time for candidate detection, marker identification and er-
ror correction was measured for several video sequences.
The tests were performed using a single core of a system
equipped with an Intel Core 2 Quad 2.40 Ghz processor,
2048 MB of RAM and Ubuntu 12.04 as the operating sys-
tem with a load average of 0.1. Table 3 summarizes the
average obtained results for a total of 6000 images with
resolution of 640 ×480 pixels. The sequences include in-
door recording with several markers and marker boards
arranged in the environment.
In addition, we have evaluated the computing time
required for generating dictionaries with the proposed
method for 6 ×6 markers. The value of τwas reduced
after ψ= 5000 unproductive iterations. The computing
times for dictionaries of sizes 10,100 and 1000 elements are
approximately 8, 20 and 90 minutes, respectively. Since
Candidates detection 8.17 ms/image
Marker identification 0.17 ms/candidate
Error correction 0.71 ms/candidate
Total time (|D|= 24) 11.08 ms/image
Table 3: Average processing times for the different steps
of our method.
Figure 7: Inter-marker distances of ARTag dictionaries
and ours (Eq. 10) for an increasing number of markers.
ArUco values correspond to the mean of 30 runs of our al-
gorithm (with and without considering reflection). Higher
distances reduces the possibility of inter-marker confusion
in case of error.
this is an off-line process done only once, we consider that
the computing times obtained are appropriated for real
applications. It must be considered, though, that gen-
erating the first elements of the dictionary is more time
consuming because the high inter-distances imposed. As
τdecreases, the computation speed increases.
Finally, the time required for creating the color map and
the occlusion mask in the sequences reported in Sect. 6.6,
are 170 and 4 ms, respectively. In these sequences, the
board has an average dimension of 320 ×240 pixels.
6.2 Analysis of Dictionary distances
The inter-marker confusion rate is related to the distances
between the markers in the dictionary ˆτ(D) (Eq. 10). The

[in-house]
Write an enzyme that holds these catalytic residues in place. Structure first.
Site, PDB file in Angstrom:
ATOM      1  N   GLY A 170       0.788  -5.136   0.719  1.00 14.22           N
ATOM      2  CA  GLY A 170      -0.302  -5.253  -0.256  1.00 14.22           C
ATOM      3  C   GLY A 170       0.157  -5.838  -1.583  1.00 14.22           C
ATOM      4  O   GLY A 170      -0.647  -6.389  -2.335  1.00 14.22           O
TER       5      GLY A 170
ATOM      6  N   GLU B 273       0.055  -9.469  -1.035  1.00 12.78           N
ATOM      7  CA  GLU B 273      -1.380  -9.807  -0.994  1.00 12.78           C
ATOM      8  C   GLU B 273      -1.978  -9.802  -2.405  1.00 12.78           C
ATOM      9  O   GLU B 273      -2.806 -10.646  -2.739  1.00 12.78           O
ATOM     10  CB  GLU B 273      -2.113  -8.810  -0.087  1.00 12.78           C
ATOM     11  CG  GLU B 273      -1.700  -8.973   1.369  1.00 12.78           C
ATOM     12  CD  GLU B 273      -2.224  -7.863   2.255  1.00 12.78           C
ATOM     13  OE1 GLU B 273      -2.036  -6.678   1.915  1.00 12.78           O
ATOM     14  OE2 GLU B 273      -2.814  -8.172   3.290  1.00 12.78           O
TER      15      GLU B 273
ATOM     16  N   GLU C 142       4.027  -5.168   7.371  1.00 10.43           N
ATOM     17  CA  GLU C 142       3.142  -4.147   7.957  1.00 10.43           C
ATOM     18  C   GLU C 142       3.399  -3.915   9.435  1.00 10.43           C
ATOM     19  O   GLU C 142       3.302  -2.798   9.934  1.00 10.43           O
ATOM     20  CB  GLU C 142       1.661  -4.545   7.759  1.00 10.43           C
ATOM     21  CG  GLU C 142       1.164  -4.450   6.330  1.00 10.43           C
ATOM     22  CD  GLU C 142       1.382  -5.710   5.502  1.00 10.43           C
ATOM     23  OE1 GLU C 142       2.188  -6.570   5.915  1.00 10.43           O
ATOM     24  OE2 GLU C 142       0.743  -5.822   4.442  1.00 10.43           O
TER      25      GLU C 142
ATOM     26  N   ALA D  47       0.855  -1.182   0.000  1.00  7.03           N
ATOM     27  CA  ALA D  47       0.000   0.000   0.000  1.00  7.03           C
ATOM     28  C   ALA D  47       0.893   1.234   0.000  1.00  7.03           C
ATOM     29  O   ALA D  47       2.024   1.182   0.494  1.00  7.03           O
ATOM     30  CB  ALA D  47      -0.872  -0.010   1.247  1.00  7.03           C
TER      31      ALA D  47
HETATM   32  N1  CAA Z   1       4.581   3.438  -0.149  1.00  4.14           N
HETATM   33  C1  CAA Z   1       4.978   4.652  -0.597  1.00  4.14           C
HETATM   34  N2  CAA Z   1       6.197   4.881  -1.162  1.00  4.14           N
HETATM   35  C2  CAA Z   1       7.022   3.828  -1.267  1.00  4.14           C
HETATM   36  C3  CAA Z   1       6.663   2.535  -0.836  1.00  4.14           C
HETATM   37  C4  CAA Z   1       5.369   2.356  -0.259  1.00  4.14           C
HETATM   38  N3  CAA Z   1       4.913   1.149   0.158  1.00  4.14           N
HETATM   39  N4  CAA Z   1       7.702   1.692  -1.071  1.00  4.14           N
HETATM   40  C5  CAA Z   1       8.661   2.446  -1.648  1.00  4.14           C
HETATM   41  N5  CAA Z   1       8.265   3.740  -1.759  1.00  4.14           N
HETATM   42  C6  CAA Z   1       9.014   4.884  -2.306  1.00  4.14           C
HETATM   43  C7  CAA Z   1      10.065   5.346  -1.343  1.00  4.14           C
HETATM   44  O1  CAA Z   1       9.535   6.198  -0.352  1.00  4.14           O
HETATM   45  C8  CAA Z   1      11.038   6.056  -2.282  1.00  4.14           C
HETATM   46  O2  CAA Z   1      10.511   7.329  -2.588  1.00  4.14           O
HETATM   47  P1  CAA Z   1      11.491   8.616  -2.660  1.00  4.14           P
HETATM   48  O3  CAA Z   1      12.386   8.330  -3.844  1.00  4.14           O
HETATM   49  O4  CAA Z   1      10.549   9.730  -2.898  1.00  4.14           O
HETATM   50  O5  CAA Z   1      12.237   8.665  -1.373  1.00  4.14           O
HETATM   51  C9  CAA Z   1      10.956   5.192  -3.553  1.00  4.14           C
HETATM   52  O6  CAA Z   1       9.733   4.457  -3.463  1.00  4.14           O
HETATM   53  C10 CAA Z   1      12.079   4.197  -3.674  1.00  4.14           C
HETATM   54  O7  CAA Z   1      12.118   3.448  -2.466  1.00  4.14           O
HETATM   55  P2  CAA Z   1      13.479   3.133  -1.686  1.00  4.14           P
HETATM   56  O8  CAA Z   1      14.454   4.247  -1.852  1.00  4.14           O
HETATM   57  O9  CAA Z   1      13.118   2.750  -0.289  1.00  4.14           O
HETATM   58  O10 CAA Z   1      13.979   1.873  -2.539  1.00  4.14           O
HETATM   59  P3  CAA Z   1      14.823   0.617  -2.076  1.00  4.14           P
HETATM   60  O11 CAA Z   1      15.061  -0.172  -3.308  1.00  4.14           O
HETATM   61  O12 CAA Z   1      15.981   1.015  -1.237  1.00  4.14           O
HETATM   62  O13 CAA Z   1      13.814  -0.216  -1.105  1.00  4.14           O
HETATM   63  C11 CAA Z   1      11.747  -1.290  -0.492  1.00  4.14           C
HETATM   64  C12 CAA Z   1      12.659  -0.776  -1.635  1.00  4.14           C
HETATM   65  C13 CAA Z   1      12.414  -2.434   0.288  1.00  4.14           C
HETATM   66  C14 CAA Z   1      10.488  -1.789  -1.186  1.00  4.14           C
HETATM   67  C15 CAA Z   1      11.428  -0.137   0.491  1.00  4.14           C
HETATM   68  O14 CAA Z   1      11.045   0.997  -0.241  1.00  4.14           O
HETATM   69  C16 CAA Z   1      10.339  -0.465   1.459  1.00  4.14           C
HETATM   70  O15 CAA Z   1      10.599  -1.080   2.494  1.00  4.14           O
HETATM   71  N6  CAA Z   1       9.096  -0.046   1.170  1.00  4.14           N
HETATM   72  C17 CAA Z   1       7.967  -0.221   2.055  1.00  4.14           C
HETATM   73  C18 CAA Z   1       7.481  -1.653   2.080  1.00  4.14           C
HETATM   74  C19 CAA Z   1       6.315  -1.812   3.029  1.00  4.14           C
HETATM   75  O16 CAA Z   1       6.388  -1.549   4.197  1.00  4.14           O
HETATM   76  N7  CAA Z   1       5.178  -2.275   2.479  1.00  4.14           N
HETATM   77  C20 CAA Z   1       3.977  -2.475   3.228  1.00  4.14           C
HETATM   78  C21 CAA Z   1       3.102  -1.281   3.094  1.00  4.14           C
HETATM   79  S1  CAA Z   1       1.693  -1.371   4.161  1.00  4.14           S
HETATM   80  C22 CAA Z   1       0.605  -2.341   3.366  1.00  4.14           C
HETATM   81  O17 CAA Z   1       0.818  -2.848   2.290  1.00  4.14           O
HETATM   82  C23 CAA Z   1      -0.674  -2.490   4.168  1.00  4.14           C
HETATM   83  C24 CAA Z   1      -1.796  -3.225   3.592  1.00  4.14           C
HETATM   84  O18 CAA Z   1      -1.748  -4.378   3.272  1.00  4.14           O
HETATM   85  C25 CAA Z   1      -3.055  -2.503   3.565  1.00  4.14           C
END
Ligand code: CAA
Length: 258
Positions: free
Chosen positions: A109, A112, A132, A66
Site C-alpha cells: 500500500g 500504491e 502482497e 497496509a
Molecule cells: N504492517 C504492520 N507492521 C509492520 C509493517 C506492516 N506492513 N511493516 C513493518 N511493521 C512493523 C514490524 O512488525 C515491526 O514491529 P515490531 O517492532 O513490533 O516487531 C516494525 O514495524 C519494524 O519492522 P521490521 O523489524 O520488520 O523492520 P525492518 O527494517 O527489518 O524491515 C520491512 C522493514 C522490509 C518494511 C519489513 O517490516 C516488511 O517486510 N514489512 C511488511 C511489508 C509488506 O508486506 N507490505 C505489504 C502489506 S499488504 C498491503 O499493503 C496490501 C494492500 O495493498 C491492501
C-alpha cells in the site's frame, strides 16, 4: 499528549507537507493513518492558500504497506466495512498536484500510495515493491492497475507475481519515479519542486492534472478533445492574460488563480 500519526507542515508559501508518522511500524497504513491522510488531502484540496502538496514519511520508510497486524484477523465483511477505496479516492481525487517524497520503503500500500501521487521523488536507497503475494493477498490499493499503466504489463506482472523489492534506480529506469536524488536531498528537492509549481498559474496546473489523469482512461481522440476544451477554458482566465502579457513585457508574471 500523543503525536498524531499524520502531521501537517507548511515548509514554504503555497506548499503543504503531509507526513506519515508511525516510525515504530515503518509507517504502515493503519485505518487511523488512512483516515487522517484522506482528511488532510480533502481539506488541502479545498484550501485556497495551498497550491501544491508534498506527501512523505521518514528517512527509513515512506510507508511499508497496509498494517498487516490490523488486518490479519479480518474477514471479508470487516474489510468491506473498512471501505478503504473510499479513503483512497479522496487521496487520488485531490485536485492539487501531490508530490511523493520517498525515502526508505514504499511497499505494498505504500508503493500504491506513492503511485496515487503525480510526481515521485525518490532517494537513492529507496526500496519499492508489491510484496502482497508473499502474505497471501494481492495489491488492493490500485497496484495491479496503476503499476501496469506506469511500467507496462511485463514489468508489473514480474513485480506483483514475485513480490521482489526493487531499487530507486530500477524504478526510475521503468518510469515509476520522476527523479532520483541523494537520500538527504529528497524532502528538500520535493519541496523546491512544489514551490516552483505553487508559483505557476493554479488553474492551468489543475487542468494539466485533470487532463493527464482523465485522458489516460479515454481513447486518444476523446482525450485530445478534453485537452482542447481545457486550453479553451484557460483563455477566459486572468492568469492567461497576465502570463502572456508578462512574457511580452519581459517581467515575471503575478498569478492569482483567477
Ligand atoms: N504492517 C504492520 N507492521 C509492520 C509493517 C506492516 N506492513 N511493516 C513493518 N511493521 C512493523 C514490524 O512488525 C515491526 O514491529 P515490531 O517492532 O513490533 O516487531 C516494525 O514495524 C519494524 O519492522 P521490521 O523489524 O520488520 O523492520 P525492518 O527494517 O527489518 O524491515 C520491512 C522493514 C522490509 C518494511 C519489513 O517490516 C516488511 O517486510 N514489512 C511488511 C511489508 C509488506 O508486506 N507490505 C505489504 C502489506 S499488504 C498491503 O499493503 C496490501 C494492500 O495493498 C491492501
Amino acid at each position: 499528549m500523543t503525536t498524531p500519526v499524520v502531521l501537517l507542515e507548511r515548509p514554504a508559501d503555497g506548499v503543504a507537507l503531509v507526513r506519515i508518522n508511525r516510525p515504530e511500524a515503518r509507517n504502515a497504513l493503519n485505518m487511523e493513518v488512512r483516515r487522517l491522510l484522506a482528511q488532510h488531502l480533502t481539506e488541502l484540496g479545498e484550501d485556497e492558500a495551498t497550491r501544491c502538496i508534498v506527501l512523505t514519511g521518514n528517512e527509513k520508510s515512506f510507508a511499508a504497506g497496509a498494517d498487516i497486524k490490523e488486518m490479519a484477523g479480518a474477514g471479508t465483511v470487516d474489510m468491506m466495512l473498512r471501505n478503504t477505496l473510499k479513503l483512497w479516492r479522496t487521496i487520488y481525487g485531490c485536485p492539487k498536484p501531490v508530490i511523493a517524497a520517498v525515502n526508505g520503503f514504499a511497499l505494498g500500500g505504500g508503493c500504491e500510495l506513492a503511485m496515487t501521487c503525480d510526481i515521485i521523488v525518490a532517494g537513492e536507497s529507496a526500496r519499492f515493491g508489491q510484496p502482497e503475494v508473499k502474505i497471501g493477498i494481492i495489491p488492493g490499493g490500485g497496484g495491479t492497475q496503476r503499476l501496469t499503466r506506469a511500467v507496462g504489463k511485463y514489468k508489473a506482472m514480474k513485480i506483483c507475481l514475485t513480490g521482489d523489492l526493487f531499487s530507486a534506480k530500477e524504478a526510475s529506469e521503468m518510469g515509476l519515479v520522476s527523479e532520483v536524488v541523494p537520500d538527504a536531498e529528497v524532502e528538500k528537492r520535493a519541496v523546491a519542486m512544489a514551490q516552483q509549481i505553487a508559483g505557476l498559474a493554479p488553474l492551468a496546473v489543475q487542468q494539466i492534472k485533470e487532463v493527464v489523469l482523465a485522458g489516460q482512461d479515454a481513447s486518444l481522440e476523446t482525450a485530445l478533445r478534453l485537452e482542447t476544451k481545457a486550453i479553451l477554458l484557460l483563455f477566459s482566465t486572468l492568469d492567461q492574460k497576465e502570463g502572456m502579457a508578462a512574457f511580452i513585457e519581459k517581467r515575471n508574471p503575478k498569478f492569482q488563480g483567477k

higher the distance between markers, the more difficult is
to confuse them in case of error. The marker dictionary
proposed by Fiala in the ARTag [11] system improves the
distances of other systems such as ARToolKitPlus [24] or
BinARyID [26]. His work recommends using its dictionary
(of 6×6 markers) in a specific order so as to maximize the
We have compared the dictionaries generated with our
method to these obtained by incrementally adding the first
1000 recommended markers of ARTag. For our algorithm,
the initial distance employed is τ0= 24 (Eq. 13), which
has been decremented by one after ψ= 5000 unproduc-
tive iterations. Since ARTag considers the possibility of
marker reflection (i.e. markers seen in a mirror), we have
Figure 8: Standard deviations of inter-marker distances
obtained by our method in Figure 7 (with and without
considering reflection).
also tested our method including the reflection condition.
However, we consider this is as an uncommon case in fidu-
cial marker applications.
Figure 7 shows the values ˆτ(D) for the dictionaries as
their size increases. The results shown for our method
represent the average values of 30 runs of our algorithm.
As can be seen, our system outperforms the ARTag dic-
tionaries in the majority of the cases and obtains the same
results in the worst ones. Even when considering reflec-
tion, our method still outperforms the ARTag results in
most cases. ARToolKitPlus system has not been com-
pared since it does not include a recommended marker
order as ARTag. However, the minimum distance in AR-
ToolKitPlus considering all the BCH markers is 2, which
is a low value in comparison to our method, or ARTag.
Figure 8 shows standard deviations for 30 runs of the
tests shown in Figure 7. It can be observed that there are
two patterns in the deviation results: (i) peaks which cor-
respond to the slopes in Figure 7, and (ii) intervals with-
out deviation where the inter-marker distance remains the
same in all runs. As can be observed, the higher deviations
occurs at the transitions of ˆτ(D) in Figure 7. It must be
noted, though, that in most of the cases, the maximun de-
viation is 0.5. Just in the generation of the first markers,
the deviation ascends up to 1.4 and 0.7 (with and without
considering reflection respectively).
6.3 Evaluation of the bit transitions
Our marker generation process encourages markers with